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Then bring in a bit of solder (if you’re using lead-free solder, you need to use flux made for lead-free solder).
There is no chance to get this to work unless you sit down and fixture your arms and hands against the desk, and
the vise, using your palms and wrists to wrap around the vise:
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It should end up like this – a solder fillet on top of the gold post,
with no solder shorting to the sides of the aluminum cavity:
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Verify that there is no solder shorting the inner conductor to the outer shell, by ohming them out. You can also ohm
out the opposite end of the cable to check.
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Next, press-fit the SMP plug’s cap:
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With the cap on, there is no danger that a piece of dirt will fall in there and short the inner conductor to the cavity:
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SMP plugs have this moveable ring that has a slot. When
you push this plug into its mating receptacle, this ring
gets forced upwards (by the mating receptacle) towards
the aluminum block and tightens, making a very good
connection, yet allows for rotation:
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When inserting the plug into its mating receptacle on a board, be careful. You don’t want to break or bend this pin.
The goal of a good coax connection is to have a perfect 50 ohm transmission line, without any reflections of the
wave when it sees the connector. Check for dirt or dust in the receptacle. Blow out with clean dry air. Also, use a
gage on both the plug and the receptacle after you’ve crimped the plug and soldered the receptacle (to check that
they connectors weren’t mangled during the assembly processes).
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These SMP connectors are precision, expensive, high-quality connectors. Put them together carefully. Make sure the
board is resting on a flat surface, and orient the top of the plug exactly perpendicular to the mating receptacle. Then
push down with exactly an axial force (a lot of force, carefully applied), until they go together.
Apply force vertically
Hold horizontally
The non-magnetic surface-mount mating receptacle is Radiall #R222941324w.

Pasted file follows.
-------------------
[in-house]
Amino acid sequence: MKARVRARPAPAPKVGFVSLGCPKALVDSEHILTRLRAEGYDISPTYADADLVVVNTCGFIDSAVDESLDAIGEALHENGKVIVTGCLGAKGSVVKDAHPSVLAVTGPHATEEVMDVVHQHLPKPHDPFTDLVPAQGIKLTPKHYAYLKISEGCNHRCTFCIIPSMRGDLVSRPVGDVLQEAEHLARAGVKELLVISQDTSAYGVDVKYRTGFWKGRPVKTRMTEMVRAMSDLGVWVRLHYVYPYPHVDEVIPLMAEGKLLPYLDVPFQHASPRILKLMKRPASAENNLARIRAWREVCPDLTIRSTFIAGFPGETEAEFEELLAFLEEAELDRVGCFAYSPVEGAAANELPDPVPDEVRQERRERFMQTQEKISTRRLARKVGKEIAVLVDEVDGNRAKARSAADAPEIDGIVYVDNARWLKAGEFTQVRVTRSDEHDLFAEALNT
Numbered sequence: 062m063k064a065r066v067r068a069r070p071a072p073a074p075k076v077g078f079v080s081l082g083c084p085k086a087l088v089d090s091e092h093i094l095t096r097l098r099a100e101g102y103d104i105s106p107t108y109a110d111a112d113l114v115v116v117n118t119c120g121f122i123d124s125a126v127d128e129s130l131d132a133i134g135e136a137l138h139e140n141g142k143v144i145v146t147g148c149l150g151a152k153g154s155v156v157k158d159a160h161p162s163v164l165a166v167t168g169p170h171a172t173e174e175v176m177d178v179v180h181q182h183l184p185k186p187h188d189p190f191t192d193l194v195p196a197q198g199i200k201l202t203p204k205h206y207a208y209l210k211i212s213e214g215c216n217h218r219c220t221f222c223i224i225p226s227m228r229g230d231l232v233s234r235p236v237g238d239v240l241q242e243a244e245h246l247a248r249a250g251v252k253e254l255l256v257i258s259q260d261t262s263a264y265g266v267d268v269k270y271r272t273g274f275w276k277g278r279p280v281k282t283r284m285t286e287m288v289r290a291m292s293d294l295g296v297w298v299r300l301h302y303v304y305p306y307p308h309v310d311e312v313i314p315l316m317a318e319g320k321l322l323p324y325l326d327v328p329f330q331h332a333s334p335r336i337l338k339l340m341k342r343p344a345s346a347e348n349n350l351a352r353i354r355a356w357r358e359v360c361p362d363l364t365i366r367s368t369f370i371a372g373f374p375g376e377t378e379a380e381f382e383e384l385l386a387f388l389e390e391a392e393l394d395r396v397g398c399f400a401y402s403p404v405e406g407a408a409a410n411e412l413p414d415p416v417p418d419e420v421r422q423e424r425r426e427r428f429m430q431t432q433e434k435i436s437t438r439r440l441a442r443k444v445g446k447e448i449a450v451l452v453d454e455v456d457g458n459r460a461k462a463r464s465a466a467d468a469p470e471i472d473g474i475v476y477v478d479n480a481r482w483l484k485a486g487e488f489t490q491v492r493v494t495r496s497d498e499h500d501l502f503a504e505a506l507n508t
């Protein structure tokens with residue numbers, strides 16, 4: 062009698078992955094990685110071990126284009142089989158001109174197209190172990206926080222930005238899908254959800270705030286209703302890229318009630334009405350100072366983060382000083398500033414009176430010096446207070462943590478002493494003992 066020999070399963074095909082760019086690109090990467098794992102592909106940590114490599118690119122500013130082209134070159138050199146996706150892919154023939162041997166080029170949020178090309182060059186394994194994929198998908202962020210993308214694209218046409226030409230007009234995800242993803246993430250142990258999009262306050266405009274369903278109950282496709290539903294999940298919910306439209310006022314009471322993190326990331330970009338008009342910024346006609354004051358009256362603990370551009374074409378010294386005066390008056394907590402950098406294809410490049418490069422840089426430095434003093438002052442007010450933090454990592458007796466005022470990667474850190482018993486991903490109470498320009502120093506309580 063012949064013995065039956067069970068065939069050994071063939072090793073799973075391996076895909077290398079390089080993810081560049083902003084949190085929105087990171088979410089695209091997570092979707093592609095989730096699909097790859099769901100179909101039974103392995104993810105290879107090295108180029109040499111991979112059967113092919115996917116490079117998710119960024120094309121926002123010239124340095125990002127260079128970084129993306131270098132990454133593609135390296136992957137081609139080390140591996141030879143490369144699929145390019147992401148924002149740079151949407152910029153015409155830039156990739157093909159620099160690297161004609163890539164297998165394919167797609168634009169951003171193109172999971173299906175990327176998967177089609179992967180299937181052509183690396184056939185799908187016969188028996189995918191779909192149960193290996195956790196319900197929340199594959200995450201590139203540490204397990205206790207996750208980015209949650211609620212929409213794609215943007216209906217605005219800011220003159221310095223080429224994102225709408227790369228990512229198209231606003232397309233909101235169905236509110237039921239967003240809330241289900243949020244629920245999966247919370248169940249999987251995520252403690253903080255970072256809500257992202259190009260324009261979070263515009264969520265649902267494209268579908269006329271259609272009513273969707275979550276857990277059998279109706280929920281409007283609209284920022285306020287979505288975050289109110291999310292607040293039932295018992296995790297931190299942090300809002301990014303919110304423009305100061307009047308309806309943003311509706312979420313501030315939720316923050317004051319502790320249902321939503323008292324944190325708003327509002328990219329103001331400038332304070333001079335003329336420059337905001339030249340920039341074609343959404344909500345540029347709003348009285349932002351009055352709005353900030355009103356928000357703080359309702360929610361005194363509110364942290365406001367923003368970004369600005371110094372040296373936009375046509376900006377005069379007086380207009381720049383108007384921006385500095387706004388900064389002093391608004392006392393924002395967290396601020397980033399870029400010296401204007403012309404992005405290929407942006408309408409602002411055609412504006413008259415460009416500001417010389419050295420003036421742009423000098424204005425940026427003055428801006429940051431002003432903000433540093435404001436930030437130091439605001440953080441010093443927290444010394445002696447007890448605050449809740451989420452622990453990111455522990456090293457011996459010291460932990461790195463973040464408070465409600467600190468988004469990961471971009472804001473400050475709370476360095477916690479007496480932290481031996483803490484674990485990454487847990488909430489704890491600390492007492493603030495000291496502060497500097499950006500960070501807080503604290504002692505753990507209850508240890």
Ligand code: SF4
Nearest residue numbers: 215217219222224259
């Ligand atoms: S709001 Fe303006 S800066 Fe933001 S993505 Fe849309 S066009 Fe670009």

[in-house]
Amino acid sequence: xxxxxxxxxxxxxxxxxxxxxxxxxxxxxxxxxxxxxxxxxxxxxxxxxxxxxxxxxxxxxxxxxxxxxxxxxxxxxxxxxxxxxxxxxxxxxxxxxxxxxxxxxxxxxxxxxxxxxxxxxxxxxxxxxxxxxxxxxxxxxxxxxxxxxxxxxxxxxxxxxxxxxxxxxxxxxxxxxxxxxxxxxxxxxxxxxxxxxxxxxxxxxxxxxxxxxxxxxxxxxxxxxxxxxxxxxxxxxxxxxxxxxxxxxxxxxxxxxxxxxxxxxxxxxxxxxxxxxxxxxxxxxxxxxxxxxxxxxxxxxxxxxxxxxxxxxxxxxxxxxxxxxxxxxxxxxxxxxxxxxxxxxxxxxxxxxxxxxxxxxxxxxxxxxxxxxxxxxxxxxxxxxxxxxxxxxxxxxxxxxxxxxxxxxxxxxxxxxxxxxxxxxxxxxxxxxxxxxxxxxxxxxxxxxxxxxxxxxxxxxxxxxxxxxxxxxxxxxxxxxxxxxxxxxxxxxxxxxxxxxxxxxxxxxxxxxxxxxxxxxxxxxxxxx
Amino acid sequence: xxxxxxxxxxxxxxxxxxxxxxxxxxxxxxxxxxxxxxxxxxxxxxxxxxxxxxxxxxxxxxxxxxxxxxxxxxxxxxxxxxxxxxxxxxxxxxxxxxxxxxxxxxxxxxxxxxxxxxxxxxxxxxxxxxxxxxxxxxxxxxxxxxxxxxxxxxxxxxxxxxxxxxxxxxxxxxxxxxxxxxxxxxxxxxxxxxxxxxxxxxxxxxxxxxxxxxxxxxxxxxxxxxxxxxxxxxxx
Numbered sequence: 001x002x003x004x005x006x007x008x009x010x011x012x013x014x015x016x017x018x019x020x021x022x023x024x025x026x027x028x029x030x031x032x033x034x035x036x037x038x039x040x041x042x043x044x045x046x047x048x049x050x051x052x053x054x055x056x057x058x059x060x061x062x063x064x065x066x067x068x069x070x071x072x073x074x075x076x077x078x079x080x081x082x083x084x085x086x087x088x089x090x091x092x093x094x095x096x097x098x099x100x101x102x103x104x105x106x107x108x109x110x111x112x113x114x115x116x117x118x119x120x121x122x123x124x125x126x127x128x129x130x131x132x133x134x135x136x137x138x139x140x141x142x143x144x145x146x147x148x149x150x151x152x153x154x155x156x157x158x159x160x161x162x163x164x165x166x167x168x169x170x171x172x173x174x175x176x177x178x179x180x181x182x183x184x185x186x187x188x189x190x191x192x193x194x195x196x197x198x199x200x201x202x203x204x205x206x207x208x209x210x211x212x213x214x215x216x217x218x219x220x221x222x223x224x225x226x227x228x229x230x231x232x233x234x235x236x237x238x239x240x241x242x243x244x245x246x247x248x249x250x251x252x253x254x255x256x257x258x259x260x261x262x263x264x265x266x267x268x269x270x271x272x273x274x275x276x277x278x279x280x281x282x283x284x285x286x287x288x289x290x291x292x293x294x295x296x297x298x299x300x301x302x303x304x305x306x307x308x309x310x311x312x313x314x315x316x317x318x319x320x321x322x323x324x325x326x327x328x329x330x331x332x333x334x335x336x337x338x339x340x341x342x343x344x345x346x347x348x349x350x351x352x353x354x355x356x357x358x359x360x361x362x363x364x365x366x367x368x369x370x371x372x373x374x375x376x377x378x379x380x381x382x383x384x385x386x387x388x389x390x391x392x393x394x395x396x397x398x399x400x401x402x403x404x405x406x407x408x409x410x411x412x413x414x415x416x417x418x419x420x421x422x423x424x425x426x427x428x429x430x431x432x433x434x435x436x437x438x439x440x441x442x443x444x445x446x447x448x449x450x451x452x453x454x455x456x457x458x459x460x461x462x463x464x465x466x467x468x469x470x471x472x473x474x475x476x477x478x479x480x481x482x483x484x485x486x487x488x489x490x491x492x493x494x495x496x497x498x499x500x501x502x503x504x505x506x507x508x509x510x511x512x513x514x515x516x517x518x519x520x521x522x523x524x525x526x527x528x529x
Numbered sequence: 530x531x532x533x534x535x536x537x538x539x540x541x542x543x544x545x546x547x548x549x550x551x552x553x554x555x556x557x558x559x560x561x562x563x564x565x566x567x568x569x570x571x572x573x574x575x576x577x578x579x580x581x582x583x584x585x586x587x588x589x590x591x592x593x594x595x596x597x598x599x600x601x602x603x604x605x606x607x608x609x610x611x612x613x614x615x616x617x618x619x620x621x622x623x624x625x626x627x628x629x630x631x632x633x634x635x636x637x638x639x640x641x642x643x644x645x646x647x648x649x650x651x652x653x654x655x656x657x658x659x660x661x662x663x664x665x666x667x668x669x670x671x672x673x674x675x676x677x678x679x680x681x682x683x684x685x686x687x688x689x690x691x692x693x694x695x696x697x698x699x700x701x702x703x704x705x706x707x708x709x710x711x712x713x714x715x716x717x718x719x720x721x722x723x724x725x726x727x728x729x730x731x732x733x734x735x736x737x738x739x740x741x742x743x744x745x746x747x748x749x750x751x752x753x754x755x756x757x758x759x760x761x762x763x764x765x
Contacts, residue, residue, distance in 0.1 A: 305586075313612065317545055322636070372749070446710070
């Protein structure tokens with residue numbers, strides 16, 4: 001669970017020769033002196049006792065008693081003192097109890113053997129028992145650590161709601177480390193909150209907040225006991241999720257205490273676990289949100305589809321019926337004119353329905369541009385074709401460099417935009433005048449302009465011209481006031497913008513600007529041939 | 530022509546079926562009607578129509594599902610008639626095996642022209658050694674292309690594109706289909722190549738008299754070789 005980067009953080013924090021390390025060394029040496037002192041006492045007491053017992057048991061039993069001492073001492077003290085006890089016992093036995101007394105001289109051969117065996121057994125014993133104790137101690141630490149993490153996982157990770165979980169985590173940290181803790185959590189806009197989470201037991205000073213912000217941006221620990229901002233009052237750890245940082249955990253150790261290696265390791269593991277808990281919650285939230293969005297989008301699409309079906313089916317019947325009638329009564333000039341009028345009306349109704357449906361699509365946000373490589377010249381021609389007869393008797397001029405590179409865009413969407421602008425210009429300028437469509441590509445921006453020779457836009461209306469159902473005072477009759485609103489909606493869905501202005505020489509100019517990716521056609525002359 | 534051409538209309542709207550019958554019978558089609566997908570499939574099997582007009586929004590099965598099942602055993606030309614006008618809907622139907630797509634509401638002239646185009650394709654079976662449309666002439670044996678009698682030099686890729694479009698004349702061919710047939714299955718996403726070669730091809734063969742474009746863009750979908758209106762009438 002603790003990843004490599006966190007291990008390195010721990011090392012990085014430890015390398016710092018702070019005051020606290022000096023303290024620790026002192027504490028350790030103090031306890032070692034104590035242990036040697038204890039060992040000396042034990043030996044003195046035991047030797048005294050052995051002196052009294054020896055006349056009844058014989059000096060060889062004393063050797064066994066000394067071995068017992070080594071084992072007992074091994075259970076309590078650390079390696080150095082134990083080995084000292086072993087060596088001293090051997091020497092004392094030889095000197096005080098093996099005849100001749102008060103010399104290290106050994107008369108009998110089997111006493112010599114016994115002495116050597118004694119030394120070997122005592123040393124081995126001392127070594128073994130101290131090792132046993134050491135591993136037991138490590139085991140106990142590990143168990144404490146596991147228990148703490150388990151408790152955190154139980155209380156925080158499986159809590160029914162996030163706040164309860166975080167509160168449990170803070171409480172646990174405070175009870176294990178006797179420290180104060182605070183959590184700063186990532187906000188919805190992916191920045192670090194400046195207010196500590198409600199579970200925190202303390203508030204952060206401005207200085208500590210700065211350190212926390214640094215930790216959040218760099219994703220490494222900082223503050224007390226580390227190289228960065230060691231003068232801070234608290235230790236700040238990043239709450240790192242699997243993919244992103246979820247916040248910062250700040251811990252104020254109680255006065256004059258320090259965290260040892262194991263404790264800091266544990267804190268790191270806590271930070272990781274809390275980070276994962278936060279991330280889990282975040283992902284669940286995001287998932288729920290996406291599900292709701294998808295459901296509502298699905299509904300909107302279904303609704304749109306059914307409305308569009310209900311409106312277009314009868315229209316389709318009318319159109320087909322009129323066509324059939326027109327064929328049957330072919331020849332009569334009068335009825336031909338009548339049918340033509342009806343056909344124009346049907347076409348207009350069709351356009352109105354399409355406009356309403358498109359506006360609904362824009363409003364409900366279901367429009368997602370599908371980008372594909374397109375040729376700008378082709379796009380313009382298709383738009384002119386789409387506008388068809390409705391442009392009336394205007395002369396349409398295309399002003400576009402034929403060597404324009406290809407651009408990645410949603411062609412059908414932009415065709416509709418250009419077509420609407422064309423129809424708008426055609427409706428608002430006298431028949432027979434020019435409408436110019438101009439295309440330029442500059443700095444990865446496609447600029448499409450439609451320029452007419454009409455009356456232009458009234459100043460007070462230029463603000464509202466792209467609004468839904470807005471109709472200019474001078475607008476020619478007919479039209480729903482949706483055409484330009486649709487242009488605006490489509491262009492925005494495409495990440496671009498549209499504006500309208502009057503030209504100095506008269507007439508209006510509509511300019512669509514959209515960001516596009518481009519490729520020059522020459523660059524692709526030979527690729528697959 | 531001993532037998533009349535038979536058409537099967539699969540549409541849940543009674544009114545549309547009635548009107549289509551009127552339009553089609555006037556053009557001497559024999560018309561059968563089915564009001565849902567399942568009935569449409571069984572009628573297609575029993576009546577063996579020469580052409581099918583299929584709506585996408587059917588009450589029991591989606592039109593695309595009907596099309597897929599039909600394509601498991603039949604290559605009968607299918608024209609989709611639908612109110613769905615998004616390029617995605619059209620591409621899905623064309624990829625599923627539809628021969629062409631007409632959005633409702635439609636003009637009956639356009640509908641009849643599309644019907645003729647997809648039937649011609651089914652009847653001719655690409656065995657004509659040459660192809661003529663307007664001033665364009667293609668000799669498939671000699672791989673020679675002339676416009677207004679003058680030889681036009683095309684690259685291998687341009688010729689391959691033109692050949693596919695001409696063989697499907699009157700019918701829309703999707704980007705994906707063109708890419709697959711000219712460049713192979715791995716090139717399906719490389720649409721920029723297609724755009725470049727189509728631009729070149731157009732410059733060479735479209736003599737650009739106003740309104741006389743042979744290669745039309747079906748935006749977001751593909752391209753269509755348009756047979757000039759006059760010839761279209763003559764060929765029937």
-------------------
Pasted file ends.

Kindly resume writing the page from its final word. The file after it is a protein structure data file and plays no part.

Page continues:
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Push straight down until fully seated.
Now the tricky part is getting them apart. These are such
good connectos, getting them apart is not straightforward...
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Radiall R222.900.357W SMP (non magnetic) right angle plug
The extraction tool to remove this plug from its mating receptacle, R222941324w is:
R282.918.210
You have to use this special tool, and you
have to sharpen it first...
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This pry-bar edge looks like this when you buy the
tool new. It’s not nearly sharp enough to pry the
plug ring’s top edge down from the plug’s
aluminum block.
You have to file the edge of this tool. Hold it in a
vise and file the angled edge until it’s sharp.
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Not filed sharp enough:
This edge needs to be *very* sharp, like this ...
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... because you need to insert the sharp tip into a difficult, tight space ...
You *must* hold onto the plug’s
aluminum block (with your
opposite hand):
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The pry-bar tip needs to go flush
against the plug’s aluminum block,
between the aluminum block and the
top of the plug’s ring.
Not between the plug’s ring and the mating receptacle!
The idea is to force down the plug’s ring using the thickness of the pry-bar,
which in turn pushes the mating receptacle away from the plug.
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Here’s another view of what you’re trying to do:
It’s an indirect separation technique. You don’t even
touch the mating receptacle!
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Only after you’ve separated the plug ring away from the plug’s aluminum
block, do put the tool away and now gently (applying a vertical force) pull the
mating receptacle away from the plug:
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If the pry-bar wasn’t sharp enough, you’ll just be pushing against both surfaces and gouging them up.
And they won’t come apart. The whole trick is to make a very sharp tool.
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•
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Overview
Making JST Power Cables
Making Radiall SMP Coax Connections
Making Smiths/Hypertronics N series Mod K Coax Connections
Making Smiths/Hypertronics N series Mod V Signal Connections
Making Cable Traps
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N series Module K
Single-conductor (not coax) signal pins
These crimp contacts accept
22 AWG through 26 AWG
stranded wire
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Google for the crimping instructions, S50063:
(Also ask for the extraction instructions.
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T1970
You can use the insertion tool to first push the pin
all the way in, in this downward direction ...
Then use the extraction tool, sliding its tubular end
over the pin’s tangs to squeeze the tangs together
so they no longer catch on the latching bump.
S/DEM1.0060
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Use squeeze-n-strip wire strippers:
Strip 0.173” (4.4 mm)
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The AFM8 tool frame works with a variety of positioners. The positioners hold different crimp pins at different